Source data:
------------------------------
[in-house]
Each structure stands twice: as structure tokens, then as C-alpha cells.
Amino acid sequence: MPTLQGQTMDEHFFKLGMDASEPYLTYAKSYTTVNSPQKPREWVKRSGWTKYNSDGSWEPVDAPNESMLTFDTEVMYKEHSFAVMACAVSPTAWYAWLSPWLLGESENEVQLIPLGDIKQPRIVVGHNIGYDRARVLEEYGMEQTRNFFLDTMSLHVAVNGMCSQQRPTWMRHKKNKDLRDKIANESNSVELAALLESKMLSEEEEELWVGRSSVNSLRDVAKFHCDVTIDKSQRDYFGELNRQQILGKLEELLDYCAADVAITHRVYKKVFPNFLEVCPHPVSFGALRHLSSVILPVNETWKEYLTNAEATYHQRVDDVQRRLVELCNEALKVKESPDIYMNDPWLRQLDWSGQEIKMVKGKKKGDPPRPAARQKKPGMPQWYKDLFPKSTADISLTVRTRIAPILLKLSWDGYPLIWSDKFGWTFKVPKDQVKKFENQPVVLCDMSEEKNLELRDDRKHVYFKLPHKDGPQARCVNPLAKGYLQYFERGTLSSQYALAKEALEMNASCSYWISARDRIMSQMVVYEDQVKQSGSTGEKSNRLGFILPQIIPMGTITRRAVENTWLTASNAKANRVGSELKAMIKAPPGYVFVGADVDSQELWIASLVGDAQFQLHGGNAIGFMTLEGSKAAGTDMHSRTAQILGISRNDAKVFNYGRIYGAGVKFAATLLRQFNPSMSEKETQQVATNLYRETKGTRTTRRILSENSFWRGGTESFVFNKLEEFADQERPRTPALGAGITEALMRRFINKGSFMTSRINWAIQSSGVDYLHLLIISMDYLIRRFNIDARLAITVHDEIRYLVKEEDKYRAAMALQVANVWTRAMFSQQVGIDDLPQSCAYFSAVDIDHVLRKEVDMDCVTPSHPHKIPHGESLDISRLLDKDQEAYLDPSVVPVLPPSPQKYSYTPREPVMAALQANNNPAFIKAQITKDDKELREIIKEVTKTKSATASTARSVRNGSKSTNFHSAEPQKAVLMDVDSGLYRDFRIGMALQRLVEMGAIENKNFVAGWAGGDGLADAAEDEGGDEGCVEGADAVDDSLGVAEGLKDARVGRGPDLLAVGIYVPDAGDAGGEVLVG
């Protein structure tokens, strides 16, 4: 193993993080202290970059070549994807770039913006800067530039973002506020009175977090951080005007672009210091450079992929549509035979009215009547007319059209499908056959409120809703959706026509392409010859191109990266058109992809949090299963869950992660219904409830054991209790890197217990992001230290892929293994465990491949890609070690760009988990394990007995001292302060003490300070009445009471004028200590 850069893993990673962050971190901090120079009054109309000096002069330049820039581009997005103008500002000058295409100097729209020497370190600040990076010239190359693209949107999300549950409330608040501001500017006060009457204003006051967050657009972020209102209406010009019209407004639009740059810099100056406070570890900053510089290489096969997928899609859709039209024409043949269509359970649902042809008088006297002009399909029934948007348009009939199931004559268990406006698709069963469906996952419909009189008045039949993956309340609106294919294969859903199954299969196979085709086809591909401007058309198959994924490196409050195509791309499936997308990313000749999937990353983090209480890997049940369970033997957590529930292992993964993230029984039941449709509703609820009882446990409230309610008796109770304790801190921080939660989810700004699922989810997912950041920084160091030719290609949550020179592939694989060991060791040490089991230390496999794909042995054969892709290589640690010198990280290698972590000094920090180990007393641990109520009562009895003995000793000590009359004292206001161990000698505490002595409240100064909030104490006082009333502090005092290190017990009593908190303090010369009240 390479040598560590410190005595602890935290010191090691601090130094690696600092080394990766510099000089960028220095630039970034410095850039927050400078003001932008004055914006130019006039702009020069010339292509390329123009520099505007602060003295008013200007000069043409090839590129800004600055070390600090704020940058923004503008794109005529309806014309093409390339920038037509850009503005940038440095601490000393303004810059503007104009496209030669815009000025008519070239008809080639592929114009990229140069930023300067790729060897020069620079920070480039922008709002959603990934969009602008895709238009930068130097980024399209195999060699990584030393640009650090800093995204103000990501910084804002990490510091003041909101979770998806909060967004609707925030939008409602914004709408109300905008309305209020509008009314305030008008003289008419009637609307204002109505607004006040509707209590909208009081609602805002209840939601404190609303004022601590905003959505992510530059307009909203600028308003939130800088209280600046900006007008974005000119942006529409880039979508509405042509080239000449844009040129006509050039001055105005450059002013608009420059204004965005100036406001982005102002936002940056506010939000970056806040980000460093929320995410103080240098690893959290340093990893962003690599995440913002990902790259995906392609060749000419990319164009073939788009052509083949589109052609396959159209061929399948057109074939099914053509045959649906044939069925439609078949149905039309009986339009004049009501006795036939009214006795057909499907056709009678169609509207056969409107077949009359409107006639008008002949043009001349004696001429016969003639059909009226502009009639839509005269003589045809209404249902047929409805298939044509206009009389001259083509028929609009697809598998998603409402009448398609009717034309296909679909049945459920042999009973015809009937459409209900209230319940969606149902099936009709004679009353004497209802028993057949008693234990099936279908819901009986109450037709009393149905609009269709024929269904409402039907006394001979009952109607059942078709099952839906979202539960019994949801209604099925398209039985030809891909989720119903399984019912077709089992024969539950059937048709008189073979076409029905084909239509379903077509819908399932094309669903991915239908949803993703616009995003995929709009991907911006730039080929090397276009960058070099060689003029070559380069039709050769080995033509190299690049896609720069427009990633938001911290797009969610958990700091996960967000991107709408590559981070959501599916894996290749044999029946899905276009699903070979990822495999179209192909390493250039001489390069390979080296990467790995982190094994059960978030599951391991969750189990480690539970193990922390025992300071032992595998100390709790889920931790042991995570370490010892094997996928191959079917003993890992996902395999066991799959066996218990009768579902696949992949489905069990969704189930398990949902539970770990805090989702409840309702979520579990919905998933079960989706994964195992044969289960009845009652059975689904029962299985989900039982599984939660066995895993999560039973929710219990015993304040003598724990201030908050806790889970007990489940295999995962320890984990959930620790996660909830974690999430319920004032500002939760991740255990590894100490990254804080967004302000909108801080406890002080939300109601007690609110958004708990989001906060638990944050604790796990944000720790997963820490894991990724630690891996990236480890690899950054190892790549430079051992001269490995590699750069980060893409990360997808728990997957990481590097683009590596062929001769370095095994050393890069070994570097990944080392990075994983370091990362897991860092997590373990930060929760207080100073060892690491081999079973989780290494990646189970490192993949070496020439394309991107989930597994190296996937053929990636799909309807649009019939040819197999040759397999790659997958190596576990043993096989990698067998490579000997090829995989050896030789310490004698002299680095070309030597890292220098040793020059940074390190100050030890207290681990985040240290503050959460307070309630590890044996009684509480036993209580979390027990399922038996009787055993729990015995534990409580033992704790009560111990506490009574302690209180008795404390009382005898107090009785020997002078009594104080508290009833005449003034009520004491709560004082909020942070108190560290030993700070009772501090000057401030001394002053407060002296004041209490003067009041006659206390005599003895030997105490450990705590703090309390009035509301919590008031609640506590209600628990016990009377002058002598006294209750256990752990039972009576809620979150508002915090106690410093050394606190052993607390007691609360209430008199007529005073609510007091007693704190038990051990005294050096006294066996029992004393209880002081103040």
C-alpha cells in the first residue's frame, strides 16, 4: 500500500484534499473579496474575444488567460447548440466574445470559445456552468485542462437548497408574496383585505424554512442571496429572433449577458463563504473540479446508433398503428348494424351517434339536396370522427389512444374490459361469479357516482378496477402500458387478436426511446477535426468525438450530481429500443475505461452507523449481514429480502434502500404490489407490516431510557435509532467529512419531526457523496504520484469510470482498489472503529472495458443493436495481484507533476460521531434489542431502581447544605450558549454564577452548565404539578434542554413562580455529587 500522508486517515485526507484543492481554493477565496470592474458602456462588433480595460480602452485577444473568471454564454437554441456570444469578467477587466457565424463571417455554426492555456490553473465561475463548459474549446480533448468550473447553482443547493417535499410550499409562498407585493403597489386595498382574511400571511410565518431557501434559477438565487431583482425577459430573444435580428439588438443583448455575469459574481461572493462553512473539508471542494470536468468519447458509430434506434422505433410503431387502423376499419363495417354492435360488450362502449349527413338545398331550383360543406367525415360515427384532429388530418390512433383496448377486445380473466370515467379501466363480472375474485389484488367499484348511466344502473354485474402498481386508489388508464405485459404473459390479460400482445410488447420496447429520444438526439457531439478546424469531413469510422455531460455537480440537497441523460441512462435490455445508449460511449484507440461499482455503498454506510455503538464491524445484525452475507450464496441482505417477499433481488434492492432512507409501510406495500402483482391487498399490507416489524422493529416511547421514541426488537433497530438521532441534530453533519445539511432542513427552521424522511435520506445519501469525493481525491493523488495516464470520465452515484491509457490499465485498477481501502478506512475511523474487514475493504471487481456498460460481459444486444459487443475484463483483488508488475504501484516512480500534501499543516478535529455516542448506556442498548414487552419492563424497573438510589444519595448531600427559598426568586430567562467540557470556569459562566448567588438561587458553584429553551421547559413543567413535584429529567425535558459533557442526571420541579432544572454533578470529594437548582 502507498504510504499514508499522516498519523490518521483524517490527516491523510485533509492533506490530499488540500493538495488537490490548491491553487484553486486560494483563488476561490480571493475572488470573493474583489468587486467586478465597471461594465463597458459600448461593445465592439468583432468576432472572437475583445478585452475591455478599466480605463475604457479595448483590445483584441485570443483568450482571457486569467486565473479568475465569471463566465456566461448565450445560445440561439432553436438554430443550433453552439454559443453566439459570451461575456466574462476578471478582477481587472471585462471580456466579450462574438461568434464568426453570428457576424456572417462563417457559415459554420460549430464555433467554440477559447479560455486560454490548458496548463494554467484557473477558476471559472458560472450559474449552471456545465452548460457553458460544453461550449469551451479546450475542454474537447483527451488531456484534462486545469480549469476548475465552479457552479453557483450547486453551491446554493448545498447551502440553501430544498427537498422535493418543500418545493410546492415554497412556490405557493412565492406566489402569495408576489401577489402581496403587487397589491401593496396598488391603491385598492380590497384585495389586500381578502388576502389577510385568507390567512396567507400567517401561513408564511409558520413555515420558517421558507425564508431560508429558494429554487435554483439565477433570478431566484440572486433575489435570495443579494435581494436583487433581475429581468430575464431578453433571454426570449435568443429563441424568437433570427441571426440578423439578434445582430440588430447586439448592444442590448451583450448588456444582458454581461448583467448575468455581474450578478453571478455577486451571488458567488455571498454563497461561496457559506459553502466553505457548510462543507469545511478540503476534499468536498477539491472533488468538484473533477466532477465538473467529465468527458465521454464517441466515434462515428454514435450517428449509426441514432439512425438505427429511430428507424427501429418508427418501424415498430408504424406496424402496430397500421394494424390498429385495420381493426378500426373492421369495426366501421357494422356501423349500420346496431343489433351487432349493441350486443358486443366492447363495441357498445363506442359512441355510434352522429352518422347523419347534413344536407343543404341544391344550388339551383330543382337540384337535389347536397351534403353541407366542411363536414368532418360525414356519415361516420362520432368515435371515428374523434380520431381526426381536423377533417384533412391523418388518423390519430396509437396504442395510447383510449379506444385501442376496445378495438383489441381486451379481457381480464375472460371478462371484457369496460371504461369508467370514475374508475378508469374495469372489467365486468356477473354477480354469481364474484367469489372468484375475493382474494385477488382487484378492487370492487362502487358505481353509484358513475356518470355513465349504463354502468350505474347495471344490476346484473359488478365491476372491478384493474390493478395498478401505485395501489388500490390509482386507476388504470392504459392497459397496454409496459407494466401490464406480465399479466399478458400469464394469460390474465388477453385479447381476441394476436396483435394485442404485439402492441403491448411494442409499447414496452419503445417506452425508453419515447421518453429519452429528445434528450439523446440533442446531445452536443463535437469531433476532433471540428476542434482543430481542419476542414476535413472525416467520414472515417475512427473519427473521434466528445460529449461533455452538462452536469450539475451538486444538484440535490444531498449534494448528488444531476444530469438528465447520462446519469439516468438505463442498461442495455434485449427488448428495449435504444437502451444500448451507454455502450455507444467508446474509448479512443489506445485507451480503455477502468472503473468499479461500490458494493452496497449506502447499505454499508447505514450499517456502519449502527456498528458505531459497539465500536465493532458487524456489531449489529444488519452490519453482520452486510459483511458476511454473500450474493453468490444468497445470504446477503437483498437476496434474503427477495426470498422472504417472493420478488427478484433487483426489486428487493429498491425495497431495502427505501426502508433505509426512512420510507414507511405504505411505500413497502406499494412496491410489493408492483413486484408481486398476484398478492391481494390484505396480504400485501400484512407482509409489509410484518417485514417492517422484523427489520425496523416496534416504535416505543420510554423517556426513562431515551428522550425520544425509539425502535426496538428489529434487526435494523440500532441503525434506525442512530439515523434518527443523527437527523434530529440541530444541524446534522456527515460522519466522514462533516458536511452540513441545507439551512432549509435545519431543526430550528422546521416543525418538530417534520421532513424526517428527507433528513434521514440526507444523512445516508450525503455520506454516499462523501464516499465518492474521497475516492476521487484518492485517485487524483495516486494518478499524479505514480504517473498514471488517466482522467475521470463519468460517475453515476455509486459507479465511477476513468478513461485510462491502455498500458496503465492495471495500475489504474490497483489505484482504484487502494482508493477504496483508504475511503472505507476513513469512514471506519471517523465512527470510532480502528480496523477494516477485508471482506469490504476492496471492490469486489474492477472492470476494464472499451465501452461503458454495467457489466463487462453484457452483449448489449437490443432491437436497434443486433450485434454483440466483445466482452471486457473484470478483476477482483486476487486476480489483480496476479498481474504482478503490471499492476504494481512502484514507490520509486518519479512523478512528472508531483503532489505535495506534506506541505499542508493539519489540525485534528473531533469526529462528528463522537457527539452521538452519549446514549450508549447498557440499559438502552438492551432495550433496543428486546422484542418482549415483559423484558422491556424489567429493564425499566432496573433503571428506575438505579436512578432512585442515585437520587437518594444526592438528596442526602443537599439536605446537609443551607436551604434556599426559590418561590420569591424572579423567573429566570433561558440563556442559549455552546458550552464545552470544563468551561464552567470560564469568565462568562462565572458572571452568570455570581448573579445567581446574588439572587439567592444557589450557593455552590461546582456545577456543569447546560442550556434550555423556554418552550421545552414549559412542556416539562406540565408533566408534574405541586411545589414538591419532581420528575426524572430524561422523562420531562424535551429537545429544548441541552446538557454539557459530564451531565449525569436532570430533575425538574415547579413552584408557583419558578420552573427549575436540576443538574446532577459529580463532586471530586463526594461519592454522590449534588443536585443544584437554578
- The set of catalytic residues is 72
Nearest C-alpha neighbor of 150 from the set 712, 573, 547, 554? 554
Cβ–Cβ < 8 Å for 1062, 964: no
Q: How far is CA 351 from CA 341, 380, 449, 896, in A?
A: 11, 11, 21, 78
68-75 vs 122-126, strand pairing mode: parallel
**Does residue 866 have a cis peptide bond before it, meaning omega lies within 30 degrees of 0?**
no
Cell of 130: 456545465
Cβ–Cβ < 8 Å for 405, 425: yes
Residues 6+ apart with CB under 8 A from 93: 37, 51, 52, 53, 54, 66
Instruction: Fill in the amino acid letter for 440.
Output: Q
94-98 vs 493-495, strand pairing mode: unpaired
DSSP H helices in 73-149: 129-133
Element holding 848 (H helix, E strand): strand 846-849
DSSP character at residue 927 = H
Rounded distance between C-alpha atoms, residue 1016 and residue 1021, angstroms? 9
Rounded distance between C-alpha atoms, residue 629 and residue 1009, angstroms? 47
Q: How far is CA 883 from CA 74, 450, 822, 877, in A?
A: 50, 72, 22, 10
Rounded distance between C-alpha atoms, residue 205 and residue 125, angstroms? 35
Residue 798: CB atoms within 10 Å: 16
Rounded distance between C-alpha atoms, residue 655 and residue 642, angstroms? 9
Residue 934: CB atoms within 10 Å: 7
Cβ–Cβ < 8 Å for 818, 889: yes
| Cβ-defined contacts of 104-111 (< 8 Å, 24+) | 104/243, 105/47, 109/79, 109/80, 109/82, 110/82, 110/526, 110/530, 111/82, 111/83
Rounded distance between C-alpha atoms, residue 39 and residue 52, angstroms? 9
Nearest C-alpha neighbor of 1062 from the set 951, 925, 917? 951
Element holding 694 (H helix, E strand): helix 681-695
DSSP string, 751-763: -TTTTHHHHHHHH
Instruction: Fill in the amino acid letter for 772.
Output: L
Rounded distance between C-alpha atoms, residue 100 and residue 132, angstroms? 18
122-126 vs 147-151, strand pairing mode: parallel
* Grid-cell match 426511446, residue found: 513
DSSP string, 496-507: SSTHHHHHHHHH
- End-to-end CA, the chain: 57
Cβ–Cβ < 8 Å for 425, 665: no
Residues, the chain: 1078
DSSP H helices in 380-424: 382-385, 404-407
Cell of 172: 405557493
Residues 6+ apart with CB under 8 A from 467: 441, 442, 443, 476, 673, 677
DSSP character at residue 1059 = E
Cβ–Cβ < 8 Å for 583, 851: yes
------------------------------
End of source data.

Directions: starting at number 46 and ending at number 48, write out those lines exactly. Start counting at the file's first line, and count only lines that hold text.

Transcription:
DSSP H helices in 380-424: 382-385, 404-407
Cell of 172: 405557493
Residues 6+ apart with CB under 8 A from 467: 441, 442, 443, 476, 673, 677